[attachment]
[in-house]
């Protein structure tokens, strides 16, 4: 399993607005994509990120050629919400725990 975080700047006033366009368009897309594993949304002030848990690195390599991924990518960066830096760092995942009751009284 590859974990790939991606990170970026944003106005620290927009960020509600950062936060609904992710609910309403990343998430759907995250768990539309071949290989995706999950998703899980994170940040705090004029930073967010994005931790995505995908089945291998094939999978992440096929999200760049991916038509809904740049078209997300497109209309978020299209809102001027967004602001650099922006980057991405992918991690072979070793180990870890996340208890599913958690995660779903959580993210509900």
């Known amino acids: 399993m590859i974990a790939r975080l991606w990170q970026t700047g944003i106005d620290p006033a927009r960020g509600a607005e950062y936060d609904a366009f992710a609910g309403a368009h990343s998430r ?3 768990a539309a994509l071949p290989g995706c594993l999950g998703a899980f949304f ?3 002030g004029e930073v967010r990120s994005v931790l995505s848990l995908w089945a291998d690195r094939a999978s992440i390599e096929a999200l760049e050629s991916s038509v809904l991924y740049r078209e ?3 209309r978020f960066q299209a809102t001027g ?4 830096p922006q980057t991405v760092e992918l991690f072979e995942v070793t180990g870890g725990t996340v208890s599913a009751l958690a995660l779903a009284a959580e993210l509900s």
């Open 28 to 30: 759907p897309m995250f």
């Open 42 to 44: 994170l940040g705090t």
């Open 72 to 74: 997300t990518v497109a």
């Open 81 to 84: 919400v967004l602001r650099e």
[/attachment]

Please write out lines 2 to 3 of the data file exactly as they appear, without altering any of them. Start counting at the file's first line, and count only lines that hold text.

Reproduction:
């Protein structure tokens, strides 16, 4: 399993607005994509990120050629919400725990 975080700047006033366009368009897309594993949304002030848990690195390599991924990518960066830096760092995942009751009284 590859974990790939991606990170970026944003106005620290927009960020509600950062936060609904992710609910309403990343998430759907995250768990539309071949290989995706999950998703899980994170940040705090004029930073967010994005931790995505995908089945291998094939999978992440096929999200760049991916038509809904740049078209997300497109209309978020299209809102001027967004602001650099922006980057991405992918991690072979070793180990870890996340208890599913958690995660779903959580993210509900």
């Known amino acids: 399993m590859i974990a790939r975080l991606w990170q970026t700047g944003i106005d620290p006033a927009r960020g509600a607005e950062y936060d609904a366009f992710a609910g309403a368009h990343s998430r ?3 768990a539309a994509l071949p290989g995706c594993l999950g998703a899980f949304f ?3 002030g004029e930073v967010r990120s994005v931790l995505s848990l995908w089945a291998d690195r094939a999978s992440i390599e096929a999200l760049e050629s991916s038509v809904l991924y740049r078209e ?3 209309r978020f960066q299209a809102t001027g ?4 830096p922006q980057t991405v760092e992918l991690f072979e995942v070793t180990g870890g725990t996340v208890s599913a009751l958690a995660l779903a009284a959580e993210l509900s």